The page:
#1
My improvisation is not going anywhere lately. I've been recording chord changes, then practicing improvising over the changes, but really the melodies that I make don't really reflect the chord changes at all. It's like, if I were to completely remove the backing track, the melody would sound like the backing track consisted of just one chord- that chord being the I chord of the chord progression.

Now, I try to remedy this by focusing on landing on each note of the progression. For instance, if the progression is C-Am-F , I'd shoot for a C during the C part, and an A during the Am part... etc, but then my melodies start to sound less musical and more mechanical. When I try to play without thinking, I can get more emotion (if that makes sense) out of my playing, but it sounds less technical.

And then when I think more and try to play more technical, the "oomph" goes out of the playing and the melody suffers.


What are some strategies to make the melodies reflect the chord changes, but keeping them interesting?
#2
Quote by lemonsquares42
My improvisation is not going anywhere lately. I've been recording chord changes, then practicing improvising over the changes, but really the melodies that I make don't really reflect the chord changes at all. It's like, if I were to completely remove the backing track, the melody would sound like the backing track consisted of just one chord- that chord being the I chord of the chord progression.

Now, I try to remedy this by focusing on landing on each note of the progression. For instance, if the progression is C-Am-F , I'd shoot for a C during the C part, and an A during the Am part... etc, but then my melodies start to sound less musical and more mechanical. When I try to play without thinking, I can get more emotion (if that makes sense) out of my playing, but it sounds less technical.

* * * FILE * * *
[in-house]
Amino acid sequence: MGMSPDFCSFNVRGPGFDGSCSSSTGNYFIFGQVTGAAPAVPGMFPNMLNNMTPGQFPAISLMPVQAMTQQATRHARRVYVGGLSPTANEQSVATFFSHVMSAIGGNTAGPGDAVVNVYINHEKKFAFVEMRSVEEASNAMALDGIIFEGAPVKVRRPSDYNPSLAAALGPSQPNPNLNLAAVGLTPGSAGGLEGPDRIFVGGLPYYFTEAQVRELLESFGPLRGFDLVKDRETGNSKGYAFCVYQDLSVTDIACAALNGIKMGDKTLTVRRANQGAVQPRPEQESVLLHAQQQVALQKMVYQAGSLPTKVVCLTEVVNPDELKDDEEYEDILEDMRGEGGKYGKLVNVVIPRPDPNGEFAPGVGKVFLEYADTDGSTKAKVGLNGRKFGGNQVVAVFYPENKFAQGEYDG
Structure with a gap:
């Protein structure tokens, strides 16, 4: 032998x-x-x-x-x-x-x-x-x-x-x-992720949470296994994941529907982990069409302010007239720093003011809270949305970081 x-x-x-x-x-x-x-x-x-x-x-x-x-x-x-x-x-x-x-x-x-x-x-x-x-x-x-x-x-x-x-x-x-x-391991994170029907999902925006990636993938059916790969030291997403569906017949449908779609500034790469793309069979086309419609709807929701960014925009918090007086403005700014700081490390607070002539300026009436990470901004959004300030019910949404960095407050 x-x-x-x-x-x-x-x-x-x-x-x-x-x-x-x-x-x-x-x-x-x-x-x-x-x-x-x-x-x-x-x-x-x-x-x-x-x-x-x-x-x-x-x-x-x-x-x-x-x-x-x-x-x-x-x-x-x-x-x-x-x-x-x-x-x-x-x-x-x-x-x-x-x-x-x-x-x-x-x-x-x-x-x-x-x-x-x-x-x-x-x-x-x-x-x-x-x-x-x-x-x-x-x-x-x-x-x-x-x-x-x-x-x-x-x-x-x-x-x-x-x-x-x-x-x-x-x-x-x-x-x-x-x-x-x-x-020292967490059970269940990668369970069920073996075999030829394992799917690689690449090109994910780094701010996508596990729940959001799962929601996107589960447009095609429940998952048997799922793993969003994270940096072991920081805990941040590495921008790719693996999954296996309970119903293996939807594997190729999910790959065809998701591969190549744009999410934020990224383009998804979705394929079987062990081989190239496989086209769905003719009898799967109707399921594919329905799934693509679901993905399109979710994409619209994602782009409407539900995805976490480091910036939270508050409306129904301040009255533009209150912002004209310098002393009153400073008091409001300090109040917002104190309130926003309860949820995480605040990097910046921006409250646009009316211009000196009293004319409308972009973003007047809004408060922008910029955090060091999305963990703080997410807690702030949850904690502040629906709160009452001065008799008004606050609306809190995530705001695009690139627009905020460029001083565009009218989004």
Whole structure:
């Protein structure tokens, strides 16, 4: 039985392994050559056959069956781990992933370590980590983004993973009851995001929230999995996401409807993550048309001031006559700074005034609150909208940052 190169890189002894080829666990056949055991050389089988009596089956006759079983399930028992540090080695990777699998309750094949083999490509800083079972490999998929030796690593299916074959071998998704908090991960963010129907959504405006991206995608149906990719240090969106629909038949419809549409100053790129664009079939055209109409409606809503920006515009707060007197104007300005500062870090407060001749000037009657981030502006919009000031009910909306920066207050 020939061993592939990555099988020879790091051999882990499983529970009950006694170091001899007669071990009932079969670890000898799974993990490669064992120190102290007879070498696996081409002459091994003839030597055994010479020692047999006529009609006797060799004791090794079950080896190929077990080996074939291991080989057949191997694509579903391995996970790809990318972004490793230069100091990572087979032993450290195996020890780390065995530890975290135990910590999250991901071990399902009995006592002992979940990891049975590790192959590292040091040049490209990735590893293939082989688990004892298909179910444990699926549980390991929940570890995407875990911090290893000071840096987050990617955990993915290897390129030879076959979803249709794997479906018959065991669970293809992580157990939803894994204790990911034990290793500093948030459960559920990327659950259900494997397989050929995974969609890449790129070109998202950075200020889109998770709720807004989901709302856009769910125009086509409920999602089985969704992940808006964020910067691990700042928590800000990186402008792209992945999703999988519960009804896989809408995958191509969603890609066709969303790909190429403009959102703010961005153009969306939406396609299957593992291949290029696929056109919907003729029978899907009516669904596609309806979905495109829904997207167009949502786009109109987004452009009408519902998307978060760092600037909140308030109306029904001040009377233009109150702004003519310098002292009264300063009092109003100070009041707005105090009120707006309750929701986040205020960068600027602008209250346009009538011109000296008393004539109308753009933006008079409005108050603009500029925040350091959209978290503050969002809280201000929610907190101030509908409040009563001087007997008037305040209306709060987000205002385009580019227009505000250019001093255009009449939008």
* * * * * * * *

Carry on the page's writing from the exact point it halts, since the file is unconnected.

And then when I think more and try to play more technical, the "oomph" goes out of the playing and the melody suffers.


What are some strategies to make the melodies reflect the chord changes, but keeping them interesting?



Perhaps instead of forcusing for a C during the C part and A during Am part, you should focus on ending/starting the riff for that part on that note.

For example: C is the chord, you start with a C note and play something with emotion like you said then perhaps end on a C or hit an A as the chord goes onto the Am.

Does that help?
#3
Why does it have to sound technical? Best soloing I've ever done was when I hooked my electric in for recording but muted the monitors so I didn't get to hear it while I was playing (I just had the rhythm section playing through the headphones and the guitar wasn't amplified). First time I played it back I was like "What the f***?! This doesn't suck!!" That's my story...
#4
I like to use my speed for short flurries of notes that sound fast and dificult, but not overly wankerish.

You have to practice integrating speed into your playing. You should be able to play a fast lick in a solo without sacrificing emotion (yes, there is emotion).

Friedman talks a lot about following chords in the link in my sig. I suggest watching it.